Green Restoration and Gamble House Revisited

By: Conrad Neuf , Contributing Writer
In: Old Houses, Old House Musings, Green Renovations, In The News, Old House History

A couple of weeks ago I wrote a blog post concerning green restoration, and the compromises I have sometimes had to make when having to decide between my old house’s character, budget concerns, and being green. There have been times I haven’t been able choose an option that seemed to satisfy all three areas. I recently happened upon two very interesting green restoration articles.

Green Restoration of Old Houses

The first article is actually a video from OldHouseWeb’s friend Matt Grocoff at Greenovation.TV. The video is informative, interesting, and entertaining. It explains how purchasing new green products for an old house restoration is not always the best option. A friend of Matt’s is restoring the basement in his old house, and is thinking of replacing the old maple floors with bamboo. He discovers that refinishing the maple floors may be the greener option.

The second article is from a Fayetteville, North Carolina newspaper, and concerns a lady who is starting a business to provide advice and help for people wanting to do a green restoration. Kim Van Borkulo has a degree in environmental design from the University of Massachusetts, and has been working in home and landscape design her entire career. When she decided to restore her 18th century Fayetteville home, she wanted to do it in an environmentally friendly way, but could only find guidelines for the green construction of new buildings. She did her restoration using Energy Star and LEED guidelines for new homes, but is working to help others desiring to do a green restoration of an old house, and she provides many tips in the article.

Gamble House Demolition Postponed, and Perhaps Cancelled

Another blog post I wrote concerned the historic Gamble House in Cincinnati and its possible demolition. The house was built 180 years ago by a member of the Gamble family, of Proctor and Gamble fame. It is now owned by a conservation group that seems to be intent on having the old house torn down. They were trying to force Cincinnati to speed up the normal time it takes to issue a demo order, but a judge stepped in and sided with the city, so the demo order is going through the normal channels, and taking the usual amount of time. That has allowed enough time for the old house to receive landmark status, which should further delay or permanently stay the demo order. As I mentioned in my earlier blog post, I plan on continuing to follow this story about a preservation/conservation group that is intent on having a historic old house torn down.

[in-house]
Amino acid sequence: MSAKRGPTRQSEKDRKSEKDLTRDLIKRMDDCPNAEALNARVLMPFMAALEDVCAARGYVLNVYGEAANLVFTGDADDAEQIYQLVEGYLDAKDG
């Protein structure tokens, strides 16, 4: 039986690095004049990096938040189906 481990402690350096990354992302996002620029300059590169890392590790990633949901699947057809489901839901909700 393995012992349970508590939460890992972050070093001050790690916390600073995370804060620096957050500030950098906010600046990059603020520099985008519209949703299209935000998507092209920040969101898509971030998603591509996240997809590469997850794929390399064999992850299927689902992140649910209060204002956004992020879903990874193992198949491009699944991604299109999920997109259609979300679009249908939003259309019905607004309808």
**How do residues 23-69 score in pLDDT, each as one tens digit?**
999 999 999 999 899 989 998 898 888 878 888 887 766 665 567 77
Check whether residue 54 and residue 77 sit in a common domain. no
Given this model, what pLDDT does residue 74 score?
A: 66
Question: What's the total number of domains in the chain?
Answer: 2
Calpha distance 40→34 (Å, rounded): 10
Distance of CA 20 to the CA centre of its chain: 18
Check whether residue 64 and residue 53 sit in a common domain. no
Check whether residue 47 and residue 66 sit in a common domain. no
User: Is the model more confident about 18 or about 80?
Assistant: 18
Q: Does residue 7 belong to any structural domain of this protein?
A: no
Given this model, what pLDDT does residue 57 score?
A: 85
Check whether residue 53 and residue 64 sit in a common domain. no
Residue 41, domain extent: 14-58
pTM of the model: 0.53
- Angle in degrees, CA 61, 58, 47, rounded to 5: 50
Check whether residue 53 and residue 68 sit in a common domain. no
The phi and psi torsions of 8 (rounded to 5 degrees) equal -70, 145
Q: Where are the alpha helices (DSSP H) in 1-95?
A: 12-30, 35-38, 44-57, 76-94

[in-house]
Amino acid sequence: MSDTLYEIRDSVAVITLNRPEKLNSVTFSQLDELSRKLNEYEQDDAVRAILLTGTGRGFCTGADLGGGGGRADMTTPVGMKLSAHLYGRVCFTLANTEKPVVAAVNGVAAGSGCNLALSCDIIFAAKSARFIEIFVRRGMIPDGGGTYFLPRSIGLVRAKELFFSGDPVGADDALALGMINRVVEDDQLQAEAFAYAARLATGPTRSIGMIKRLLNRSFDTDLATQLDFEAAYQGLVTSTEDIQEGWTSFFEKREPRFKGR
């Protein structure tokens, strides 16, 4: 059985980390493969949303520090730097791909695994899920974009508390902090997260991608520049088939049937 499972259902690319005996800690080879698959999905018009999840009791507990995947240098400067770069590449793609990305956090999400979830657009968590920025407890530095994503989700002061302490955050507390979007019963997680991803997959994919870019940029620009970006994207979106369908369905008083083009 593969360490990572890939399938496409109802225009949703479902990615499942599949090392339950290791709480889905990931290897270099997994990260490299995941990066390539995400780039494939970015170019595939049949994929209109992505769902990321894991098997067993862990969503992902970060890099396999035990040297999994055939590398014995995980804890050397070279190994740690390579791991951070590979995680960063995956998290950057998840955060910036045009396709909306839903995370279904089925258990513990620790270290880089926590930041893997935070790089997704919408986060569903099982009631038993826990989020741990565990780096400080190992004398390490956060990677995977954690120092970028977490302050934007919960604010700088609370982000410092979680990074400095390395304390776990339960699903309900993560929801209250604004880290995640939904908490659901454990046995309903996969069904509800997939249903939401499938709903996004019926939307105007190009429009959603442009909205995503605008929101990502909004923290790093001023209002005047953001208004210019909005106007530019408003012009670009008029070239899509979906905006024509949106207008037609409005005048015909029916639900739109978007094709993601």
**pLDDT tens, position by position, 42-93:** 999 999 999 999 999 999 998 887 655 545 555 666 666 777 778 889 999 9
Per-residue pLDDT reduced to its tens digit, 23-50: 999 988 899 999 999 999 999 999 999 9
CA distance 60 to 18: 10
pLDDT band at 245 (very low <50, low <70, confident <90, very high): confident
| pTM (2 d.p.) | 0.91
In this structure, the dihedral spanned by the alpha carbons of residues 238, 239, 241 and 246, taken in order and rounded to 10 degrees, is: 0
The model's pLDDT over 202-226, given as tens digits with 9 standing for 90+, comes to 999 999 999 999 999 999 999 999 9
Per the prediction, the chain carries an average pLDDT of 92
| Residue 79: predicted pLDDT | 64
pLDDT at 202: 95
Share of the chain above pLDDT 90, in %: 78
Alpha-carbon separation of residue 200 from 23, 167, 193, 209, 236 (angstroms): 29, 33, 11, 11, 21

Share/Save/Bookmark

Post a Comment

Enter the text shown above

  1. 4 Responses  to “Green Restoration and Gamble House Revisited”

  2. Aug 29, 2011
    Thanks for the update Ben, I hope they are able to save the home. It looks like it was quite a house at one point in time, and there is no reason why it can't be again.
  3. Ben
    Aug 29, 2011
    You might like to know that a representative from the Cincinnati Preservation Association mentioned at a workshop today (3/28) that they are working to purchase the Gamble house in order to purchase and save it, and are soliciting donations on their website in order to do so: http://www.cincinnatipreservation.org/gamble
  4. Roger
    Aug 29, 2011
    It is true, when restoring a house not all the materials necessarily have to be green, you might be hurting your wallet and the environment by doing so, especially with the raw materials. But I still believe you can't go wrong when it comes to the lighting system, always save energy by going green there.
  5. Paul
    Aug 29, 2011
    "Green" is such a relative term in the construction industry. I have heard of people building "green" homes that were 7000 sq.ft.! Which is better, to buy sustainably harvested bamboo(that is shipped across the ocean on a diesel ship) or plain old pine that is cut and milled locally? Whenever a product is labeled green, you have to also judge where the product originates from...resource use is tremendous when we are just shipping products around the globe.